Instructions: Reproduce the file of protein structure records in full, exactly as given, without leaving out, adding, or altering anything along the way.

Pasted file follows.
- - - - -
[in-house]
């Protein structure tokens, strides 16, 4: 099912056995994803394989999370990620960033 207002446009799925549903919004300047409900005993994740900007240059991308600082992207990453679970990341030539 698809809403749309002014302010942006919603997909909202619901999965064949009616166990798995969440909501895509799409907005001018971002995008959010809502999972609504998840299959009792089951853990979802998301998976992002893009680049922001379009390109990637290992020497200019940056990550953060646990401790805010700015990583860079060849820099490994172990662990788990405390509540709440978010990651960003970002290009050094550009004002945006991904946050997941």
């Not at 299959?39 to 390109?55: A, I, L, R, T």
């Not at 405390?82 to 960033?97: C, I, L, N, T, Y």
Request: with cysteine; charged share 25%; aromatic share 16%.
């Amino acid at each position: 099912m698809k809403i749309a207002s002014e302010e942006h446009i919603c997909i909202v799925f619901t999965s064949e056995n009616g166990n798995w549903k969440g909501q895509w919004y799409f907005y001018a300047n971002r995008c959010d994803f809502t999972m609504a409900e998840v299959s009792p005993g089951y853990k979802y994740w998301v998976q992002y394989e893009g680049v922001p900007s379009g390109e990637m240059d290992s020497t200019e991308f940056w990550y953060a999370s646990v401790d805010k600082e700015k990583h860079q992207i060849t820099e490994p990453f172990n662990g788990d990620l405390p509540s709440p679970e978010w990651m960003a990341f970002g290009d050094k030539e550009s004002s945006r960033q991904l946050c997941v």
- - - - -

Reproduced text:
[in-house]
């Protein structure tokens, strides 16, 4: 099912056995994803394989999370990620960033 207002446009799925549903919004300047409900005993994740900007240059991308600082992207990453679970990341030539 698809809403749309002014302010942006919603997909909202619901999965064949009616166990798995969440909501895509799409907005001018971002995008959010809502999972609504998840299959009792089951853990979802998301998976992002893009680049922001379009390109990637290992020497200019940056990550953060646990401790805010700015990583860079060849820099490994172990662990788990405390509540709440978010990651960003970002290009050094550009004002945006991904946050997941």
């Not at 299959?39 to 390109?55: A, I, L, R, T």
């Not at 405390?82 to 960033?97: C, I, L, N, T, Y």
Request: with cysteine; charged share 25%; aromatic share 16%.
């Amino acid at each position: 099912m698809k809403i749309a207002s002014e302010e942006h446009i919603c997909i909202v799925f619901t999965s064949e056995n009616g166990n798995w549903k969440g909501q895509w919004y799409f907005y001018a300047n971002r995008c959010d994803f809502t999972m609504a409900e998840v299959s009792p005993g089951y853990k979802y994740w998301v998976q992002y394989e893009g680049v922001p900007s379009g390109e990637m240059d290992s020497t200019e991308f940056w990550y953060a999370s646990v401790d805010k600082e700015k990583h860079q992207i060849t820099e490994p990453f172990n662990g788990d990620l405390p509540s709440p679970e978010w990651m960003a990341f970002g290009d050094k030539e550009s004002s945006r960033q991904l946050c997941v």